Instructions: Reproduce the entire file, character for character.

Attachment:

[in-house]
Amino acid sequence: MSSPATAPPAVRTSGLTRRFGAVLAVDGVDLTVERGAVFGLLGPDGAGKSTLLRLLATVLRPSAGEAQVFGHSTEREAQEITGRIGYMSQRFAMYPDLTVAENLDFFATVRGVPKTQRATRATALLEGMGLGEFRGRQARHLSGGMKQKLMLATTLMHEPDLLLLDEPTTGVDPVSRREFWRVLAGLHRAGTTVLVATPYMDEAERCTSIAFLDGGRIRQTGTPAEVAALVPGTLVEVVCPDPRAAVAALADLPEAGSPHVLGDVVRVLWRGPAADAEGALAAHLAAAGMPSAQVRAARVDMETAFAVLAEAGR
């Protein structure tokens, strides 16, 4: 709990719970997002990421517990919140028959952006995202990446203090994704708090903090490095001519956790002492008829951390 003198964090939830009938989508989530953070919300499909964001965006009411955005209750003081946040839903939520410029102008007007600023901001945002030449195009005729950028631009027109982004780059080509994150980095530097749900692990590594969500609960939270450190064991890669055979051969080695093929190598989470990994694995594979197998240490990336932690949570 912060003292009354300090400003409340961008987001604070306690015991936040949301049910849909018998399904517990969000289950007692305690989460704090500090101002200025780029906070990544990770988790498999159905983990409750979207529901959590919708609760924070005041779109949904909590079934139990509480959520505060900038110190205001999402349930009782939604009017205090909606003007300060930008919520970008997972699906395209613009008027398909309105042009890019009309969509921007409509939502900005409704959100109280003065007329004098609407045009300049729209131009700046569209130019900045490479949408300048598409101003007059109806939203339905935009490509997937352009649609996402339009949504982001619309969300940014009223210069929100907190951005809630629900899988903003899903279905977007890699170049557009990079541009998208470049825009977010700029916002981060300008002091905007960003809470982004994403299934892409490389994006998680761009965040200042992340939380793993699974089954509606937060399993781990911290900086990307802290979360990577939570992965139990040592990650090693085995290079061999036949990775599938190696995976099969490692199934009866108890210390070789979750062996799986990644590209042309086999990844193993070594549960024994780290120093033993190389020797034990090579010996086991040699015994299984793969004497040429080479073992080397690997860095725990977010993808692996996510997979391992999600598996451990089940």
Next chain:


[in-house]
Amino acid sequence: MSSPATAPPAVRTSGLTRRFGAVLAVDGVDLTVERGAVFGLLGPDGAGKSTLLRLLATVLRPSAGEAQVFGHSTEREAQEITGRIGYMSQRFAMYPDLTVAENLDFFATVRGVPKTQRATRATALLEGMGLGEFRGRQARHLSGGMKQKLMLATTLMHEPDLLLLDEPTTGVDPVSRREFWRVLAGLHRAGTTVLVATPYMDEAERCTSIAFLDGGRIRQTGTPAEVAALVPGTLVEVVCPDPRAAVAALADLPEAGSPHVLGDVVRVLWRGPAADAEGALAAHLAAAGMPSAQVRAARVDMETAFAVLAEAGR
């Protein structure tokens, strides 16, 4: 709990719970997002990421517990919140028959952006995202990446203090994704708090903090490095001519956790002492008829951390 003198964090939830009938989508989530953070919300499909964001965006009411955005209750003081946040839903939520410029102008007007600023901001945002030449195009005729950028631009027109982004780059080509994150980095530097749900692990590594969500609960939270450190064991890669055979051969080695093929190598989470990994694995594979197998240490990336932690949570 912060003292009354300090400003409340961008987001604070306690015991936040949301049910849909018998399904517990969000289950007692305690989460704090500090101002200025780029906070990544990770988790498999159905983990409750979207529901959590919708609760924070005041779109949904909590079934139990509480959520505060900038110190205001999402349930009782939604009017205090909606003007300060930008919520970008997972699906395209613009008027398909309105042009890019009309969509921007409509939502900005409704959100109280003065007329004098609407045009300049729209131009700046569209130019900045490479949408300048598409101003007059109806939203339905935009490509997937352009649609996402339009949504982001619309969300940014009223210069929100907190951005809630629900899988903003899903279905977007890699170049557009990079541009998208470049825009977010700029916002981060300008002091905007960003809470982004994403299934892409490389994006998680761009965040200042992340939380793993699974089954509606937060399993781990911290900086990307802290979360990577939570992965139990040592990650090693085995290079061999036949990775599938190696995976099969490692199934009866108890210390070789979750062996799986990644590209042309086999990844193993070594549960024994780290120093033993190389020797034990090579010996086991040699015994299984793969004497040429080479073992080397690997860095725990977010993808692996996510997979391992999600598996451990089940």
Next chain: